Sweden is a relatively small but prosperous country which is a part of the Scandinavian countries in the Northern part of Europe. The country itself has about 10 million people (roughly the same as the State of Michigan) and an area size similar to the State of California. While Sweden is a unique, wealthy, and equal opportunity country, it is seldom one of the first countries that people think of or plan to go to when they visit Europe. Now, Sweden wants to change that.
“Call Sweden!” is the country’s latest promotional tool to get more people interested in Sweden. Specifically, Sweden recently created and released a unified, national phone number open to anyone in the world who wishes to give the number a call. Anyone can call Sweden’s country code (+46) followed by the “Call Sweden!” number (771793336).
Upon dialing the Swedish number, nicknamed Call Sweden, the call will be redirected using a telephone switchboard, and the caller will be connected with a random Swede to talk about anything they want. Swedish citizens who wish to join this application simply register and wait for incoming calls. For anyone who wishes to connect with a random Swede, he or she simply dials the number provided on the website (theswedishnumber.com), using correct international and area codes.
The Swedish Tourist Association created and released Call Sweden in early 2016 in honor of the 250th anniversary of Sweden becoming the first country in the world to abolish censorship. Currently, Sweden is the only country in the world which offers the opportunity to connect with any random citizen of that country. And, although the Swedish Number was only recently released to the public, people from over 180 countries have connected with a random Swede so far.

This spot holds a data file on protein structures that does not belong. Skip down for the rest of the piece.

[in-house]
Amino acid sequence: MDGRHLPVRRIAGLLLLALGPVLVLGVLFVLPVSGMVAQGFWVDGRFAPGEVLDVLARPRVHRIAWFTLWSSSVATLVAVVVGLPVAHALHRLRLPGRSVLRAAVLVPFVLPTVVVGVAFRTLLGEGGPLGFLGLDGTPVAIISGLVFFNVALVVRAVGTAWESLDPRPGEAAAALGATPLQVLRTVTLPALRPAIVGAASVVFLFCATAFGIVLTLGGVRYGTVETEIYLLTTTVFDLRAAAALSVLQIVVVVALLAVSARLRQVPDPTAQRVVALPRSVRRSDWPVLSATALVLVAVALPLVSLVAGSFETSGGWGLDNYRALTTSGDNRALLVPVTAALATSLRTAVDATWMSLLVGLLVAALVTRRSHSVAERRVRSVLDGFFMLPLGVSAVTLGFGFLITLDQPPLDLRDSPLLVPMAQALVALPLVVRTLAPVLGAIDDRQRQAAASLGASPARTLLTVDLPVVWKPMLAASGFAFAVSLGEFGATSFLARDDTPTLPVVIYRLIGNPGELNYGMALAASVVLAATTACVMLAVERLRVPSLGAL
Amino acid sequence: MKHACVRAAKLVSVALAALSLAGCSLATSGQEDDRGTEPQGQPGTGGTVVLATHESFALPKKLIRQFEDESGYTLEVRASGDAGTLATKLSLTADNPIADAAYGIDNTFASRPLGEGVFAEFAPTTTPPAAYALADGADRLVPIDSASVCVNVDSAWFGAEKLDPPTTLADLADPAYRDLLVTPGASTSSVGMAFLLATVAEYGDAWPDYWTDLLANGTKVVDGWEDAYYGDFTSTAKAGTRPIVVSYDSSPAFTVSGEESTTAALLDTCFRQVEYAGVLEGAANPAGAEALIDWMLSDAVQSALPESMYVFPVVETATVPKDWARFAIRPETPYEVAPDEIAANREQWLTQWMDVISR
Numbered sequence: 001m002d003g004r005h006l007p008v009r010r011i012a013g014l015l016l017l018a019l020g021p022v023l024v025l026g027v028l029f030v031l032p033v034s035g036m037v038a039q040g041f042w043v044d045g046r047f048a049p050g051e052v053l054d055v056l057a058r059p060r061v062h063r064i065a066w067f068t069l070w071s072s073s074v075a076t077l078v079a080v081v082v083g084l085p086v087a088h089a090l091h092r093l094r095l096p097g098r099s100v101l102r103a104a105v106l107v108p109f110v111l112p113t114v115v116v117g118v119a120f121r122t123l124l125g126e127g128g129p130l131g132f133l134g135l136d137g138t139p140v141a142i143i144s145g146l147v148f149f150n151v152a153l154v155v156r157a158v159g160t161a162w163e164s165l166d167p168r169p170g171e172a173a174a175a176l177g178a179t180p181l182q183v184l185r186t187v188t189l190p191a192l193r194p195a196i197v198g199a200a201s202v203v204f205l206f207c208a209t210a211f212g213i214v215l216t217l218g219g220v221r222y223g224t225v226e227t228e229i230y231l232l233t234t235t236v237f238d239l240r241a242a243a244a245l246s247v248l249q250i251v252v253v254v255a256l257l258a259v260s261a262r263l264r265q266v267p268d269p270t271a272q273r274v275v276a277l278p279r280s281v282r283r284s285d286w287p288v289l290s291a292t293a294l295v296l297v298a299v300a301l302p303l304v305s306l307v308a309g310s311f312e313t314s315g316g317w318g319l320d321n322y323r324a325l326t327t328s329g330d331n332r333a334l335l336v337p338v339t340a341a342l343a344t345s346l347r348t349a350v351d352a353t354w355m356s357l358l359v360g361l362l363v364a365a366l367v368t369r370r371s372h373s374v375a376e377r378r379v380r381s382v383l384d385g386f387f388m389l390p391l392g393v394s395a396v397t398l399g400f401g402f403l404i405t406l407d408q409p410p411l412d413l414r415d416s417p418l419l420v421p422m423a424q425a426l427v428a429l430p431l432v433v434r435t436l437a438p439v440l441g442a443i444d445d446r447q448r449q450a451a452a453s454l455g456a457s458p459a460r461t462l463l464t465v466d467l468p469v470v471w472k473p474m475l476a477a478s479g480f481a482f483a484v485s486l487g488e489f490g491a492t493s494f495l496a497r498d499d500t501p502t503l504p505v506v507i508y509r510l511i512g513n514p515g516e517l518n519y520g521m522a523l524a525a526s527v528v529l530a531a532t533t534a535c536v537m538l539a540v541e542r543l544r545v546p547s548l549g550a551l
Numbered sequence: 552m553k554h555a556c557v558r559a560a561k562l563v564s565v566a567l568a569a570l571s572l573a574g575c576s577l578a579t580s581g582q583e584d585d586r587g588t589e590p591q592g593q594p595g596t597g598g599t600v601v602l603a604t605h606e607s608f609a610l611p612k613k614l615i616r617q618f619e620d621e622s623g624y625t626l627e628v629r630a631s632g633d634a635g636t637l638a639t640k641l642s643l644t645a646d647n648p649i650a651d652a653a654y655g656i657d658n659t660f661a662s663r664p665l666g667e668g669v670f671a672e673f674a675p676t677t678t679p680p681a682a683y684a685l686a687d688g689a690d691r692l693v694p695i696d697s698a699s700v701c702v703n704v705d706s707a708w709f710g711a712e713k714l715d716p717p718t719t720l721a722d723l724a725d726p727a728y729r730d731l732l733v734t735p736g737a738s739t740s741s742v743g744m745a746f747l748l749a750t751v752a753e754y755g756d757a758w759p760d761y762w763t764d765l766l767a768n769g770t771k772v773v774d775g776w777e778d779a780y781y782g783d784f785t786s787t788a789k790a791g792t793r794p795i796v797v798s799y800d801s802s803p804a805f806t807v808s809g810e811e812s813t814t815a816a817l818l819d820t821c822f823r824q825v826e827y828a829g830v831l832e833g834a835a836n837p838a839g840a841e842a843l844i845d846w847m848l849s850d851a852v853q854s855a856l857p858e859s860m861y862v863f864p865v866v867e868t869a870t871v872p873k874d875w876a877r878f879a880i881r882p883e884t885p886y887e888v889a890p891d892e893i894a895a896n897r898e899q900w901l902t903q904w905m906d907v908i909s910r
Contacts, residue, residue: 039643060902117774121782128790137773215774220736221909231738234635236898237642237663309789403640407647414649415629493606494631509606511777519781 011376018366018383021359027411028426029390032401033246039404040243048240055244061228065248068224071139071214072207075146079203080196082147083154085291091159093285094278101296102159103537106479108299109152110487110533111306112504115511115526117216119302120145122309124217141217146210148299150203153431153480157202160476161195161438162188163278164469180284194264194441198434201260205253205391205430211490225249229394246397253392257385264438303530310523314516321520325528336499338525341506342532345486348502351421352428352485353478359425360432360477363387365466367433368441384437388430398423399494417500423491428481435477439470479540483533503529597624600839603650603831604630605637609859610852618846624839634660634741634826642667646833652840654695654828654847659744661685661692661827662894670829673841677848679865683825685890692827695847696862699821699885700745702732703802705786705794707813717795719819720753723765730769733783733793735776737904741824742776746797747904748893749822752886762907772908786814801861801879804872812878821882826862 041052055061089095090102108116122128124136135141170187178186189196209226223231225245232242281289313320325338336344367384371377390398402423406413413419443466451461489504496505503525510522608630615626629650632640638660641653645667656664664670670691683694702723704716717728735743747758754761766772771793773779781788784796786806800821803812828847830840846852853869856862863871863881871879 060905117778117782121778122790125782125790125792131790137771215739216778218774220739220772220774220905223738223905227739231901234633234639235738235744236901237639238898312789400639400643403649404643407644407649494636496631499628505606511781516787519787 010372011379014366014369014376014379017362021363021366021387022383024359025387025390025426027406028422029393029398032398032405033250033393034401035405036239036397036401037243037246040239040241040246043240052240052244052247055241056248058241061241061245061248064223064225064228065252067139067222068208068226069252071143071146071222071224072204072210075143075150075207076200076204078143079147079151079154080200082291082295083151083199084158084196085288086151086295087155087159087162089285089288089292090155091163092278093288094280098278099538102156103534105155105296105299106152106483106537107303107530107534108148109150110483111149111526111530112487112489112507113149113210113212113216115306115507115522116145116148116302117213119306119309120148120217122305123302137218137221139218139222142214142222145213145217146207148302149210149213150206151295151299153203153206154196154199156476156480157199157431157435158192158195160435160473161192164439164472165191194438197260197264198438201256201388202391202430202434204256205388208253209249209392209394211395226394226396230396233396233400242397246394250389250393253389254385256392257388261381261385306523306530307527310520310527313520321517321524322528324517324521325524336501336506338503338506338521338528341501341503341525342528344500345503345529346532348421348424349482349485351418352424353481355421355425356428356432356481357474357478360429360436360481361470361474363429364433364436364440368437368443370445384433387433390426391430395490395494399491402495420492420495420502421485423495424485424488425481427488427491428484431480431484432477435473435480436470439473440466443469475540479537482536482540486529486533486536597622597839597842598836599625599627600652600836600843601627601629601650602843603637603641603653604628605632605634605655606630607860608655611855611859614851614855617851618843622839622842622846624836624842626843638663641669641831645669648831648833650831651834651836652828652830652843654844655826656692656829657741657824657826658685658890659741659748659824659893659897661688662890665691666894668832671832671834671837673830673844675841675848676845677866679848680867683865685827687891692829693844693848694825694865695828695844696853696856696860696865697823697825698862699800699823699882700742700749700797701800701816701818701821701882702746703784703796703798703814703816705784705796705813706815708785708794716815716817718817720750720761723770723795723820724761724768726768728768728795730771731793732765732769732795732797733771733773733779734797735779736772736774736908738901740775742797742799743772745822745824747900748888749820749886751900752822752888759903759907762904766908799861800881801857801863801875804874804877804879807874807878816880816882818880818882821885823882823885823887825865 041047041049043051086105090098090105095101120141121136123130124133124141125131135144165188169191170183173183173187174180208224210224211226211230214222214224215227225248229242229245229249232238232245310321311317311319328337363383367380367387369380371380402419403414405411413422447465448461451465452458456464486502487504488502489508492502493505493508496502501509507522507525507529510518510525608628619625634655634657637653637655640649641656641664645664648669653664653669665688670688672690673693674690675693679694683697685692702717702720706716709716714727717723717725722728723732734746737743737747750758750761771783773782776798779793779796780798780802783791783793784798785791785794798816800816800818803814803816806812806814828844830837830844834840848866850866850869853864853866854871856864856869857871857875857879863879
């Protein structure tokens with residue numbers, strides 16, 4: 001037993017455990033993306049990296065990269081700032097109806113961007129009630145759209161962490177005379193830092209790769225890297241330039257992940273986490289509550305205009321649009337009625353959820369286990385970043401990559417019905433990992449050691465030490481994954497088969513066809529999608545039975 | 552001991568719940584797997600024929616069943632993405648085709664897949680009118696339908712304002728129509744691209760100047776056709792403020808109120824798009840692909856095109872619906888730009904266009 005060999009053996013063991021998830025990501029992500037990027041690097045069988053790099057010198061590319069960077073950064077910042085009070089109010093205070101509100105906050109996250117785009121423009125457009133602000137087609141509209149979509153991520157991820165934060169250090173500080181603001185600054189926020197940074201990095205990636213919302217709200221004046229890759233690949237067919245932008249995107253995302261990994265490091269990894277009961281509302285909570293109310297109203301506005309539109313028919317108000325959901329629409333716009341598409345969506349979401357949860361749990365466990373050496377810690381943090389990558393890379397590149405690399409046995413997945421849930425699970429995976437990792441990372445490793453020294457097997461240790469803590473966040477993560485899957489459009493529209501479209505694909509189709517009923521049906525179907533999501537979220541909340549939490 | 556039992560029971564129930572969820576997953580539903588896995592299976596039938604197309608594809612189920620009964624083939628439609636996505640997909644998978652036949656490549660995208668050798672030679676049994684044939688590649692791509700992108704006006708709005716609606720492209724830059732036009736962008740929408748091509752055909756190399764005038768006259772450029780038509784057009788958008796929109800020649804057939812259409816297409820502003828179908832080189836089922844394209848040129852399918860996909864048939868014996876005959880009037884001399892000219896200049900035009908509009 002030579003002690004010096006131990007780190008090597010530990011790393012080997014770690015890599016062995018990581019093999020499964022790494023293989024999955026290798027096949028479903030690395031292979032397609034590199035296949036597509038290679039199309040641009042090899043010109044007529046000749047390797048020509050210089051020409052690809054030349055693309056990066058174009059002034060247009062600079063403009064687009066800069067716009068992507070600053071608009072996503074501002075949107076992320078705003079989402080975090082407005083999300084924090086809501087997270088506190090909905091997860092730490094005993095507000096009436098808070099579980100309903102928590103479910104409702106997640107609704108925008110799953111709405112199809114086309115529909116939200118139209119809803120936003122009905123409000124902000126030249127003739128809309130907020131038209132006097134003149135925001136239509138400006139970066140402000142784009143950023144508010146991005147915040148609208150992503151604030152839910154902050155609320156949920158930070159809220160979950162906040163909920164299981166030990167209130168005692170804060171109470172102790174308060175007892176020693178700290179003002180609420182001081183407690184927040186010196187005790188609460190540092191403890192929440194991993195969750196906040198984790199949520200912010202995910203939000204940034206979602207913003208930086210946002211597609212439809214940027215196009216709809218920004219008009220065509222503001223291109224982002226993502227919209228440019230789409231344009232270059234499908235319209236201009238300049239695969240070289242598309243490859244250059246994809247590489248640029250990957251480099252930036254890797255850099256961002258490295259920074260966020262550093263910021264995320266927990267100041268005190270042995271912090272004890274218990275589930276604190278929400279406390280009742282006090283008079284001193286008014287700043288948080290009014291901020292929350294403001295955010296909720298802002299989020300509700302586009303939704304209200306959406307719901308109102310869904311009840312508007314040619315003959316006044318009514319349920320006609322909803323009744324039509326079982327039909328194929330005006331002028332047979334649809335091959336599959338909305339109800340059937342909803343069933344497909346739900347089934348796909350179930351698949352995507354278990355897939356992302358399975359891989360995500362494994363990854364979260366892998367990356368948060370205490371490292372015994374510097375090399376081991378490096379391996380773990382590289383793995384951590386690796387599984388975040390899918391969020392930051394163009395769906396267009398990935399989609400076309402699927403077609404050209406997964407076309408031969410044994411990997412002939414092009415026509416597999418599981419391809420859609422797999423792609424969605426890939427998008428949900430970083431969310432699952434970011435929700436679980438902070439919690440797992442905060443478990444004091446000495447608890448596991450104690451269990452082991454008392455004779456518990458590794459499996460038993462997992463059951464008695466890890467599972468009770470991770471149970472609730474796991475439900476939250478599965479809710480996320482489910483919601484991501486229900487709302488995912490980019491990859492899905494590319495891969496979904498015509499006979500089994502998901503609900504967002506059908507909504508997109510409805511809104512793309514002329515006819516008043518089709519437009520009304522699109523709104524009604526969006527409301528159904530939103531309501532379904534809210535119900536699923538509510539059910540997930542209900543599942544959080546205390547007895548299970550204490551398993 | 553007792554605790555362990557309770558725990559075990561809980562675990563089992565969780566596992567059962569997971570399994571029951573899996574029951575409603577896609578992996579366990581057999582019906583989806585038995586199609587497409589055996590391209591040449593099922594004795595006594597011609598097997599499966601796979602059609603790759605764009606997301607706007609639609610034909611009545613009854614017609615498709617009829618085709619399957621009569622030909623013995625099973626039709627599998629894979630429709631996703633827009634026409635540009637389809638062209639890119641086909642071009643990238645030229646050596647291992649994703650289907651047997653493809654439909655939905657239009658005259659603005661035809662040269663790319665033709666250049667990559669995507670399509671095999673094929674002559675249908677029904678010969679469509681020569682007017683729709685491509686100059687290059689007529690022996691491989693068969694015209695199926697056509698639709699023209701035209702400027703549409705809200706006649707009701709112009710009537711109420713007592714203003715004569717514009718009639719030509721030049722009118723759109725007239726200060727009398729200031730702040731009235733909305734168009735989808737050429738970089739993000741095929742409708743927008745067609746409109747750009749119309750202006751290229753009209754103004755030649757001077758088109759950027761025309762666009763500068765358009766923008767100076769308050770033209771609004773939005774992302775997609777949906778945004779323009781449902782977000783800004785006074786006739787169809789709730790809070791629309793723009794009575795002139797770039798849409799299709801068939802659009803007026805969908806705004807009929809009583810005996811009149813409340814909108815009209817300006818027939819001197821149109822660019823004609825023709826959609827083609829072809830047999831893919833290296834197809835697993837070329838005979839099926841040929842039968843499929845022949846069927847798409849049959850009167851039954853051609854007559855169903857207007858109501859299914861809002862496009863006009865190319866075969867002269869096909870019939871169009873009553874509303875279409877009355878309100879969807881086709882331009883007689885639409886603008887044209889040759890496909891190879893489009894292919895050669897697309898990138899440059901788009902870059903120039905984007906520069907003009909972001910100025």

The average length of each call has been slightly under three minutes. Seemingly more impressive, the total call duration currently stands at over 354 days. As of now, the top countries for calling these random Swedes include the U.S. at 33 percent of the total calls, the United Kingdom with 7 percent of total calls, and the Netherlands, China, Turkey, Germany, and Australia all tied at 3 percent of the total calls.
With the release of the Swedish Number, numerous nationalities have been able to talk to Swedish people, creating more international connections and bonds. With the topics of conversations being limitless, calls have ranged from getting the Swedish opinions of American political views to debating about Sweden’s neighboring countries, Denmark and Norway.
Since the release of the Swedish Number, no other countries have adopted a national phone number; however, depending on the success of the promotion thus far, it is likely that other countries will incorporate the same application to market themselves internationally. Maybe soon, every single country will have a national phone number, making the world more internationally connected.